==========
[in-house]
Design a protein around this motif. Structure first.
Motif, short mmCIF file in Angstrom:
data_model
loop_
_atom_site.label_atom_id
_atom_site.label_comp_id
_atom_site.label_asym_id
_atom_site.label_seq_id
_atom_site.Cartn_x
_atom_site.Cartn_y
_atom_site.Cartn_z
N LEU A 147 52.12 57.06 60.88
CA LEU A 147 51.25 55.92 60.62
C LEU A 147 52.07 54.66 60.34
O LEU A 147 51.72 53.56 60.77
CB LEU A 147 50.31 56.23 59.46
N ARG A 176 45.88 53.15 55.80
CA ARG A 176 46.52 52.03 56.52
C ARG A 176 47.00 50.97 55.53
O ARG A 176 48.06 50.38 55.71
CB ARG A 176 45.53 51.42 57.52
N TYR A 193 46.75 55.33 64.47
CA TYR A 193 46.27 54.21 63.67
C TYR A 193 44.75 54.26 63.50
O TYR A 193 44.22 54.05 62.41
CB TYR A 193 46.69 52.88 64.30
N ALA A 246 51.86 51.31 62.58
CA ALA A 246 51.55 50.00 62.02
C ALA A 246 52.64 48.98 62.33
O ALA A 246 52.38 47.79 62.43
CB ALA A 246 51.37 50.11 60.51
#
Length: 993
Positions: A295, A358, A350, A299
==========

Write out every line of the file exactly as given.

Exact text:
[in-house]
Design a protein around this motif. Structure first.
Motif, short mmCIF file in Angstrom:
data_model
loop_
_atom_site.label_atom_id
_atom_site.label_comp_id
_atom_site.label_asym_id
_atom_site.label_seq_id
_atom_site.Cartn_x
_atom_site.Cartn_y
_atom_site.Cartn_z
N LEU A 147 52.12 57.06 60.88
CA LEU A 147 51.25 55.92 60.62
C LEU A 147 52.07 54.66 60.34
O LEU A 147 51.72 53.56 60.77
CB LEU A 147 50.31 56.23 59.46
N ARG A 176 45.88 53.15 55.80
CA ARG A 176 46.52 52.03 56.52
C ARG A 176 47.00 50.97 55.53
O ARG A 176 48.06 50.38 55.71
CB ARG A 176 45.53 51.42 57.52
N TYR A 193 46.75 55.33 64.47
CA TYR A 193 46.27 54.21 63.67
C TYR A 193 44.75 54.26 63.50
O TYR A 193 44.22 54.05 62.41
CB TYR A 193 46.69 52.88 64.30
N ALA A 246 51.86 51.31 62.58
CA ALA A 246 51.55 50.00 62.02
C ALA A 246 52.64 48.98 62.33
O ALA A 246 52.38 47.79 62.43
CB ALA A 246 51.37 50.11 60.51
#
Length: 993
Positions: A295, A358, A350, A299